San Diego, Calif.- In a very quiet manner, the San Diego City Council approved payments and legal settlements to sixteen exotic dancers without discussion on the city council’s consent agenda Tuesday.
The council approved a $1,492,500 payment to the dancers and attorneys who claimed the officers harassed and violated the dancers civil rights.
San Diego Police Department officers questioned dancers at the Cheetahs and Expose clubs making sure the dancers were in compliance.
The dancers claim the license checks were an illegal use of police force because, and according to Attorney Dan Gilleon, herded the dancers into their dressing rooms, ordered them to change from street clothes to bras and underpants, took photos of their tattoos and piercings, and refused to let them leave.
One of the dancers joined the lawsuit because she felt the officers carried guns and wore bullet-proof vests, an unprovoked and unnecessary show of force.
"Not just a show of force like 'We can do this,' but 'We're going to do this and we're going to be jerks about it, and we're going to degrade you and humiliate you, and we're going to show you who's boss,’" the dancer said.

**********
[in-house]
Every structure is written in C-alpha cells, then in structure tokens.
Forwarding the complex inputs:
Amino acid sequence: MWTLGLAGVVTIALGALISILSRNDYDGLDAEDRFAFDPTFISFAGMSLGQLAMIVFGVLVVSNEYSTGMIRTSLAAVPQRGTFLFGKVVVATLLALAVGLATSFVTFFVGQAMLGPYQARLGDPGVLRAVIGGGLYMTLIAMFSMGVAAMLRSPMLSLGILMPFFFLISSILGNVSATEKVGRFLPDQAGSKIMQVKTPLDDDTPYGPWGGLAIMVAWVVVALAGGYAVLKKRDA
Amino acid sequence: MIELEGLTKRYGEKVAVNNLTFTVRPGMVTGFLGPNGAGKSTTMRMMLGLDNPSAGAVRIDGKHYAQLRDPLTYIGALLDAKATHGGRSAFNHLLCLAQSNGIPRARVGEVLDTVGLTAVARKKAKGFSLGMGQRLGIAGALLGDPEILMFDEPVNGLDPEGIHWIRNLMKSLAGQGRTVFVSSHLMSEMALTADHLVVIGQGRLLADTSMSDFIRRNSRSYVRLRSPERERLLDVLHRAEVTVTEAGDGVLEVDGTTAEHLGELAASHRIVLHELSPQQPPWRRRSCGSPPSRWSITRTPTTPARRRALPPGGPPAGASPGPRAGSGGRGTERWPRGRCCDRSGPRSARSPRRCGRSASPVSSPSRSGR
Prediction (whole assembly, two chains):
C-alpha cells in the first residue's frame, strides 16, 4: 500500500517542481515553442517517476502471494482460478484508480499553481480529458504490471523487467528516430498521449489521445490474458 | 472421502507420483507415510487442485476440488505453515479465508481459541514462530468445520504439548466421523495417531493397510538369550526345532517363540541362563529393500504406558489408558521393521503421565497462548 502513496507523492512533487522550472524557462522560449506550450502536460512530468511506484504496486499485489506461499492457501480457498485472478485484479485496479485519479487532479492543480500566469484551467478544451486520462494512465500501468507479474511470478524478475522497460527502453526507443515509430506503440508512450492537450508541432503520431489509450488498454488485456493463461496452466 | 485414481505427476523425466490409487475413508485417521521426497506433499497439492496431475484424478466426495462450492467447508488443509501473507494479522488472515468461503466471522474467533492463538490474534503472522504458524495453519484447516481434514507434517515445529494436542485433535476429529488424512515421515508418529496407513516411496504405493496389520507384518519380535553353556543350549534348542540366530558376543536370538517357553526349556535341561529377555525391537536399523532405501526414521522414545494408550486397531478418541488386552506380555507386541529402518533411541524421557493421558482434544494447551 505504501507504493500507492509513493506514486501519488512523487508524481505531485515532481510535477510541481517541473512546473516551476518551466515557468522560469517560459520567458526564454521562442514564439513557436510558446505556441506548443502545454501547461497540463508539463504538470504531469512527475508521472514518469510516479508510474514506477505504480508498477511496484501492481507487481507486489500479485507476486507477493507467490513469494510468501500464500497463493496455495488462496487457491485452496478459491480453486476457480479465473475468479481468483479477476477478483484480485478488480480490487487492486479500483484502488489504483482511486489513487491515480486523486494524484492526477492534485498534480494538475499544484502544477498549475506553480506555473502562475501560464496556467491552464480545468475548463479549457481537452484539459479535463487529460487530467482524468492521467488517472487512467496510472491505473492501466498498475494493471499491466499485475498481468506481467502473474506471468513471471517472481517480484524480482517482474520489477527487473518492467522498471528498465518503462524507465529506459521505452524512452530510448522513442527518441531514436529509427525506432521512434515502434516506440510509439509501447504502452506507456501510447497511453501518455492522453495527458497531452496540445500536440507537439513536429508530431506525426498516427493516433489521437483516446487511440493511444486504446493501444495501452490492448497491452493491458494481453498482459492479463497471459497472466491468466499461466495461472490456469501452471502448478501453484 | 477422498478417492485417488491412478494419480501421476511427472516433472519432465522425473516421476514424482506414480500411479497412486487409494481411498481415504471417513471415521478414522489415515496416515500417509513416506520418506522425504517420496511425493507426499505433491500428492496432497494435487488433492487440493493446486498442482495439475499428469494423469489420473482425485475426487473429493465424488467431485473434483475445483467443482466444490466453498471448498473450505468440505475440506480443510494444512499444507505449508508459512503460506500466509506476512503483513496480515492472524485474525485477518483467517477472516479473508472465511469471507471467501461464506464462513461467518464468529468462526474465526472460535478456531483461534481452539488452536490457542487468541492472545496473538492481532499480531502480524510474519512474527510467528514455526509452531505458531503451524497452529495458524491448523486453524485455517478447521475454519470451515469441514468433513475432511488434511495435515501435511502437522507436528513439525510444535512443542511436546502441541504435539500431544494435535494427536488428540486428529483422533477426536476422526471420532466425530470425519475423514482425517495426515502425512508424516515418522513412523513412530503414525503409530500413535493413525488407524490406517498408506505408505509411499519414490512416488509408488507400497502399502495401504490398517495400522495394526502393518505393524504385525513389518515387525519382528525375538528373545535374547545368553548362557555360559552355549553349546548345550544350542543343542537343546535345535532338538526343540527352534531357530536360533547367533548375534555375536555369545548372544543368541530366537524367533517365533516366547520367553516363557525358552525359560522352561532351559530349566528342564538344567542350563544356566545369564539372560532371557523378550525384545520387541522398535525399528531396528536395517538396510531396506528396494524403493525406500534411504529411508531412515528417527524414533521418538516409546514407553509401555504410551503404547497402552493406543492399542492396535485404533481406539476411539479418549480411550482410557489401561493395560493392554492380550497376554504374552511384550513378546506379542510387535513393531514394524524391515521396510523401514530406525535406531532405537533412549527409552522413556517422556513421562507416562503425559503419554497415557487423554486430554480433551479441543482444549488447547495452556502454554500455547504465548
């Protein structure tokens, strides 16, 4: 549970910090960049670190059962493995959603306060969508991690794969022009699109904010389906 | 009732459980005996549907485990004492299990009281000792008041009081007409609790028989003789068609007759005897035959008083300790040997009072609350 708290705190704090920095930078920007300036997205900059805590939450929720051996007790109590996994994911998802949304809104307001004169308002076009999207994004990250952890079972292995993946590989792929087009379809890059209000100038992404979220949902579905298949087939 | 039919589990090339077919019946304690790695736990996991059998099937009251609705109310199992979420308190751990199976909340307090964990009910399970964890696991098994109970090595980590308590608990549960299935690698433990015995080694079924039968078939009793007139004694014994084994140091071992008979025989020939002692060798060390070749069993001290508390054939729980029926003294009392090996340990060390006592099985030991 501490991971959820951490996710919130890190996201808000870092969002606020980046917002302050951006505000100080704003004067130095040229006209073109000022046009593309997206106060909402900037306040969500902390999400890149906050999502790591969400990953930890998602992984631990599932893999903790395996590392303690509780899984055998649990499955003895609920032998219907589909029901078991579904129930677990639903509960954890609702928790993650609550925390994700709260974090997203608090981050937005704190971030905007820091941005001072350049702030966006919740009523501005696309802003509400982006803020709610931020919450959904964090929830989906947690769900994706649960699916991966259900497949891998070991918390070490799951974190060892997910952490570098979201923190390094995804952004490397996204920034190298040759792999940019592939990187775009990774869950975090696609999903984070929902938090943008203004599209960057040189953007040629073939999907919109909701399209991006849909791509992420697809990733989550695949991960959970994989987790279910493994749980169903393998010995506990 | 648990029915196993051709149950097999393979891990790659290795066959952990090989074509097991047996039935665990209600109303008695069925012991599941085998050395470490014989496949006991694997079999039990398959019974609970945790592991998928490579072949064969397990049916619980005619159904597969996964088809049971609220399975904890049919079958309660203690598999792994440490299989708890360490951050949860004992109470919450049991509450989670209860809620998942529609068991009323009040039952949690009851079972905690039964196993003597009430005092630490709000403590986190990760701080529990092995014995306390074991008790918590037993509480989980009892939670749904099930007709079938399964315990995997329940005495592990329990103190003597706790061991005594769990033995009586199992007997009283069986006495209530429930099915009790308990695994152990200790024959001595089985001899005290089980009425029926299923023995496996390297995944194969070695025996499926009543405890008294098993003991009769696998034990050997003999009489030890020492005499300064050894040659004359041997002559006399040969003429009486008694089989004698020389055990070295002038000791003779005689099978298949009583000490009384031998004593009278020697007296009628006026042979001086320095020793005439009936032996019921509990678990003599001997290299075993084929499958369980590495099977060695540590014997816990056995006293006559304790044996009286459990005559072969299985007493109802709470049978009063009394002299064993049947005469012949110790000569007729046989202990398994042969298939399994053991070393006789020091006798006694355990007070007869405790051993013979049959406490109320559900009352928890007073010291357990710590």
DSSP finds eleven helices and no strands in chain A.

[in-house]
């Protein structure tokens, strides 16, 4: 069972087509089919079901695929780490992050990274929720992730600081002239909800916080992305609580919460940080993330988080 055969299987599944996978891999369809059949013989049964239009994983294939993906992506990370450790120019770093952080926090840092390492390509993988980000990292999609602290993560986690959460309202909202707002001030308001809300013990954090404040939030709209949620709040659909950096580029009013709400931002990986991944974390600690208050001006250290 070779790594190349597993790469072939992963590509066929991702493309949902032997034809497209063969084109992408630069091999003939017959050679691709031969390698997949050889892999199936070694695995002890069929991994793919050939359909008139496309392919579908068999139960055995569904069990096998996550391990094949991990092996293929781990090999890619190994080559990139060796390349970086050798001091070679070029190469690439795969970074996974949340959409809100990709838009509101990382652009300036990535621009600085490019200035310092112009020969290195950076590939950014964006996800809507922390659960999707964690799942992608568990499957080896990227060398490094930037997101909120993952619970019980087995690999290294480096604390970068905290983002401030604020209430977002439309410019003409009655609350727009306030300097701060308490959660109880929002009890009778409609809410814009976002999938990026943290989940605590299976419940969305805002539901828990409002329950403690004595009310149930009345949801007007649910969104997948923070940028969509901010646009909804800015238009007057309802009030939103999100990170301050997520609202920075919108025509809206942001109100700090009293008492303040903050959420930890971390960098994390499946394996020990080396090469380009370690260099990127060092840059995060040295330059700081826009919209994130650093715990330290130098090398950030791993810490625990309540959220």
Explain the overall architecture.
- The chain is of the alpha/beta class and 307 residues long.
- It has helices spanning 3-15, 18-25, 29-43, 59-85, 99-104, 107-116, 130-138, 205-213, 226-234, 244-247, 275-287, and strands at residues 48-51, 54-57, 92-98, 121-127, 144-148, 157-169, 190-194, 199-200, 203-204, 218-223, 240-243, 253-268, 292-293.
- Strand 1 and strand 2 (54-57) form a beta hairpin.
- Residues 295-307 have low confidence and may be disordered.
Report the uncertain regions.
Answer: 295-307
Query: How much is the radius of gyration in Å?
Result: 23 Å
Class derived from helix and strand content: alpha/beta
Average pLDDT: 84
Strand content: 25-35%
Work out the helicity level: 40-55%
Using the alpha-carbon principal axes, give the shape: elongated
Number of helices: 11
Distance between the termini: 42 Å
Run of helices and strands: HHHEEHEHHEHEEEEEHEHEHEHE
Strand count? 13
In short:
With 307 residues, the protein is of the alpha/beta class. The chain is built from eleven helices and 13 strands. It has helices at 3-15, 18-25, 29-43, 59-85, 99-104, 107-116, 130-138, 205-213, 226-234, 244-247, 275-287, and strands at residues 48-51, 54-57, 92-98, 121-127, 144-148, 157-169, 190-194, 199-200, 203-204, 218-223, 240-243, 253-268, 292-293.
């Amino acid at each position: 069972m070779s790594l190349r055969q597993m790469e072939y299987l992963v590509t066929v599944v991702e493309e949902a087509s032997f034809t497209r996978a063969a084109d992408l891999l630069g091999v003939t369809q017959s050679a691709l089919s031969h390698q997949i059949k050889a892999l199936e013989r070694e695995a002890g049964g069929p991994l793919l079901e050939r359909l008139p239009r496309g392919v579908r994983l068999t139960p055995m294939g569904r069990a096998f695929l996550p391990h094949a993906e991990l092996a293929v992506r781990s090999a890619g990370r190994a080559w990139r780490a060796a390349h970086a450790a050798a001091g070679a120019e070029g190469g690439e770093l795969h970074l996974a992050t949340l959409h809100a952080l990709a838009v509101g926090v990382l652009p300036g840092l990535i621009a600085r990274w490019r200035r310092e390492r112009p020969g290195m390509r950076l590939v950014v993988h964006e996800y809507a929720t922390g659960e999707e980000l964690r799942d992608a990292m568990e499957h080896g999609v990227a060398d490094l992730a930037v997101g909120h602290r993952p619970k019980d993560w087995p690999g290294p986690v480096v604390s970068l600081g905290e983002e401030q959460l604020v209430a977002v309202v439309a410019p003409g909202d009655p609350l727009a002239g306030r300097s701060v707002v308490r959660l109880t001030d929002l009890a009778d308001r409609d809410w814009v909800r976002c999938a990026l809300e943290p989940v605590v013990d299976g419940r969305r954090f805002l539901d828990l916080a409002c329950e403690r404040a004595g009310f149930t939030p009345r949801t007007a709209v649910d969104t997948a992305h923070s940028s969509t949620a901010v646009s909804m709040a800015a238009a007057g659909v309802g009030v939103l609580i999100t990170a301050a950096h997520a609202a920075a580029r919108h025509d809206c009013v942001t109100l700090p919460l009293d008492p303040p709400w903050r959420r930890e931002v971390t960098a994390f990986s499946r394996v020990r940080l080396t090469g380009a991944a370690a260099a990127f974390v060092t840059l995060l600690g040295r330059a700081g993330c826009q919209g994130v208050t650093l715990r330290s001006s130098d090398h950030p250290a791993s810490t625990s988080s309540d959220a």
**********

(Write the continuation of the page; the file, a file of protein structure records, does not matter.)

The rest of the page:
Gilleon, who represented the dancers, argued that the officers' use of force, threats, and involuntary detention violated his clients' basic legal rights.
Federal Judge James Lorenz agreed in part, ruling that "...using inspections as a means of harassing and discouraging adult entertainment businesses violated the First Amendment, on its face."
“You're never going to get the city attorney's office or the city of San Diego to admit they did anything wrong,” Gilleon said. “But when they pay $1.5 million, that's an admission."
Each dancer will receive about $55,000 from the city’s general fund, after deductions for attorneys’ fees and legal costs.
The police department, city attorney and mayor declined comment.